An oxygen-based nucleophile, like water, can undergo addition reactions with aldehydes and ketones. The reaction leads to the formation of hydrates, also referred to as 1,1-diols or geminal diols.
The formation of hydrates is a reversible reaction. Hydrate formation is influenced by steric and electronic factors accompanying the alkyl substituents on the carbonyl group: The rate of hydrate formation increases with a decrease in the number of alkyl groups attached to the carbonyl carbon. Hence, with simpler aldehydes, like formaldehyde, almost all aldehyde gives the corresponding hydrate. The formation of hydrates is highly favored when electron-withdrawing groups are linked to the carbonyl carbon.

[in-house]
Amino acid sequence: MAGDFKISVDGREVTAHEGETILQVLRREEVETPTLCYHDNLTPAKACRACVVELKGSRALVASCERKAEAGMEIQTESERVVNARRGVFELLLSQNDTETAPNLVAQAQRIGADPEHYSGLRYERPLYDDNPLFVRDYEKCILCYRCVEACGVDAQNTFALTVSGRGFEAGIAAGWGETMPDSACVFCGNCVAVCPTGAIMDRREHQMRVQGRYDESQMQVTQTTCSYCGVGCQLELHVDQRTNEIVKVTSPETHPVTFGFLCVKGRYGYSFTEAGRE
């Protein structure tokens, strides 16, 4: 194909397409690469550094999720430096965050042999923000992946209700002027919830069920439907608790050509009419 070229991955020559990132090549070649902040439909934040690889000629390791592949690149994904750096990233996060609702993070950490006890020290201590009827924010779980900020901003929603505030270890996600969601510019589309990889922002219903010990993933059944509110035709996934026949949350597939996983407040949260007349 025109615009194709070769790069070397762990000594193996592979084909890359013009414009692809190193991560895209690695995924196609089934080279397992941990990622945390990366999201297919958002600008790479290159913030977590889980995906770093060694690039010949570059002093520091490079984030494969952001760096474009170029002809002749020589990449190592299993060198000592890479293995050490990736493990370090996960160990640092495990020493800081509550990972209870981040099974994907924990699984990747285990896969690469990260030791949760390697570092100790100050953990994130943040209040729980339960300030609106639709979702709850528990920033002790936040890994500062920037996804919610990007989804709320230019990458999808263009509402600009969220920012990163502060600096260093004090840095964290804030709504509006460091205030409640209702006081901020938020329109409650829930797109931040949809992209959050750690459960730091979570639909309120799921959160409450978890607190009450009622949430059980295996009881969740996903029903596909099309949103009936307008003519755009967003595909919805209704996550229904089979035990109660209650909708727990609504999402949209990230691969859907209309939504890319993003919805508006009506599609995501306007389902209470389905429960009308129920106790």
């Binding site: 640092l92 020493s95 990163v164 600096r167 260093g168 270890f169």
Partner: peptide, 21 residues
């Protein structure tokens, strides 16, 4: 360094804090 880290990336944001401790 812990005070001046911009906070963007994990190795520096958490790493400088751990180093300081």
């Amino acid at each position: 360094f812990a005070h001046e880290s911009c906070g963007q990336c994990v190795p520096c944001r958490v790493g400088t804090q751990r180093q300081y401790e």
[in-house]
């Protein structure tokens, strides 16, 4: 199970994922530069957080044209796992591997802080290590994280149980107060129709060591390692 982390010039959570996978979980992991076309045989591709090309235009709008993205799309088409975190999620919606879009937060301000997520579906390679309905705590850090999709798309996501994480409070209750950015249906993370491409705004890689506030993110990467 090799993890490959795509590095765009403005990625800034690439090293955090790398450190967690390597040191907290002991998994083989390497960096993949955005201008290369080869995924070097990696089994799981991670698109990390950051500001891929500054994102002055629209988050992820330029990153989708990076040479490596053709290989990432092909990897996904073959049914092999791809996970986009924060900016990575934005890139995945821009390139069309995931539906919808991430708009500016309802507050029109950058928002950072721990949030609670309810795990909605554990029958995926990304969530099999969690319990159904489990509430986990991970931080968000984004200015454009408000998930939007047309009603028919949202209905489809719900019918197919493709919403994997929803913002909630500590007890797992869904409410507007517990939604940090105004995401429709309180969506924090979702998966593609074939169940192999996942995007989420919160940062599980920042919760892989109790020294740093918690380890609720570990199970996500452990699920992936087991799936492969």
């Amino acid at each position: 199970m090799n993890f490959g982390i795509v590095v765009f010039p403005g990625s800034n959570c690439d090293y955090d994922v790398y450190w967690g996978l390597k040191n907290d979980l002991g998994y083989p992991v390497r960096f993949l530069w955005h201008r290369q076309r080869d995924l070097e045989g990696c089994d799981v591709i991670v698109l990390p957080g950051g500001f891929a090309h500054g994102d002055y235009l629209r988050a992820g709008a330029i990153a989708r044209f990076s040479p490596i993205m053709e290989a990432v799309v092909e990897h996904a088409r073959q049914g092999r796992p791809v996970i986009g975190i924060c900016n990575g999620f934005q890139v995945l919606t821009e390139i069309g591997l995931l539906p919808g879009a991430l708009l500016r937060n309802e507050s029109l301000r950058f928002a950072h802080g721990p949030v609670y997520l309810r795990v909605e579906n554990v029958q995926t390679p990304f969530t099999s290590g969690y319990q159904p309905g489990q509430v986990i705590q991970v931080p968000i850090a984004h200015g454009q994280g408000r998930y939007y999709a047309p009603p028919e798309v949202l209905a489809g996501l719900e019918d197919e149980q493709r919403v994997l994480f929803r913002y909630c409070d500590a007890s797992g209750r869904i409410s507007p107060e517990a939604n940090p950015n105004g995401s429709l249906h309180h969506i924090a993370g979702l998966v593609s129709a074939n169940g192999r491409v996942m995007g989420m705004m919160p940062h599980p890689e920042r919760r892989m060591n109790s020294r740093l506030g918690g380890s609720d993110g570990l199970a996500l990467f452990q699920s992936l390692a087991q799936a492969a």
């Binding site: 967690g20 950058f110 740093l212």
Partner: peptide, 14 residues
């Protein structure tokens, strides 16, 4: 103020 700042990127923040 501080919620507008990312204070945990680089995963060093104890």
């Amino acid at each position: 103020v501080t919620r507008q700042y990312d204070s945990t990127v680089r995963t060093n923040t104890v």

The nucleophilic addition of water to the carbonyl carbon is very slow under normal conditions. However, the rate can be significantly enhanced by acidifying or basifying the reaction medium. An acid catalyst protonates the carbonyl oxygen, thereby increasing the electrophilicity of the carbonyl carbon. The nucleophilic addition of water leads to the formation of an oxonium cation, which loses a proton to form the geminal diol product.
On the other hand, the carbonyl carbon is directly attacked by the hydroxide nucleophile using a base catalyst. This addition generates an alkoxide ion, which is protonated by a water molecule forming the addition product.
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